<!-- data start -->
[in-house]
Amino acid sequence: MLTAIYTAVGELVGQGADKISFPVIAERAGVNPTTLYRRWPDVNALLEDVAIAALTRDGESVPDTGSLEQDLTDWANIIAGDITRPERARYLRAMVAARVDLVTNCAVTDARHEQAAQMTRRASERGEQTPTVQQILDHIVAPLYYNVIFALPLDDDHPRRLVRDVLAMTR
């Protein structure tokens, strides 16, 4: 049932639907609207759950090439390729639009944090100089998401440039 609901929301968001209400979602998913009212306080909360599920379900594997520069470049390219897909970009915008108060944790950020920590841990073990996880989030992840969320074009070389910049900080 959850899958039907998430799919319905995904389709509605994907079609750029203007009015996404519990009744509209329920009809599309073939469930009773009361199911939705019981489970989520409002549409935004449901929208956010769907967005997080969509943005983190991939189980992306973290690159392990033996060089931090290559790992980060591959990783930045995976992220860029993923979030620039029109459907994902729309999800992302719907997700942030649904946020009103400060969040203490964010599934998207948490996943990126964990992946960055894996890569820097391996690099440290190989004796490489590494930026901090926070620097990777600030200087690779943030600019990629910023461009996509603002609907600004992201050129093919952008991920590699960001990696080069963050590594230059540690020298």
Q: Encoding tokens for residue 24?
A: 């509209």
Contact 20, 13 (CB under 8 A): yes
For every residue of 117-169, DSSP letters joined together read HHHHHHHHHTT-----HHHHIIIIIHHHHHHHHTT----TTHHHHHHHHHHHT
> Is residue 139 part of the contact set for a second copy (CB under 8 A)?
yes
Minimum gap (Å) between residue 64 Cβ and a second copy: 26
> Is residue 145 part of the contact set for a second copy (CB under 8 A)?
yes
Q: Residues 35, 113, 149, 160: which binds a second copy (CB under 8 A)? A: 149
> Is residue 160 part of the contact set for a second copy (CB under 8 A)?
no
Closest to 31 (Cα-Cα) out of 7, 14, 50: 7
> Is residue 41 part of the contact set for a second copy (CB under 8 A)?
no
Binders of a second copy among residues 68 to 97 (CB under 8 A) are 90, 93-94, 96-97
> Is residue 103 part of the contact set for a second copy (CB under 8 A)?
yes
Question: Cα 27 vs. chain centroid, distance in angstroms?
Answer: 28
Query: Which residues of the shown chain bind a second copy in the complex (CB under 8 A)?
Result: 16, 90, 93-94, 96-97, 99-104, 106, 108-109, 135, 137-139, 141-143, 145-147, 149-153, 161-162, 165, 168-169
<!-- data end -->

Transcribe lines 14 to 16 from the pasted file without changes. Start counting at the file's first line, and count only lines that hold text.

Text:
> Is residue 160 part of the contact set for a second copy (CB under 8 A)?
no
Closest to 31 (Cα-Cα) out of 7, 14, 50: 7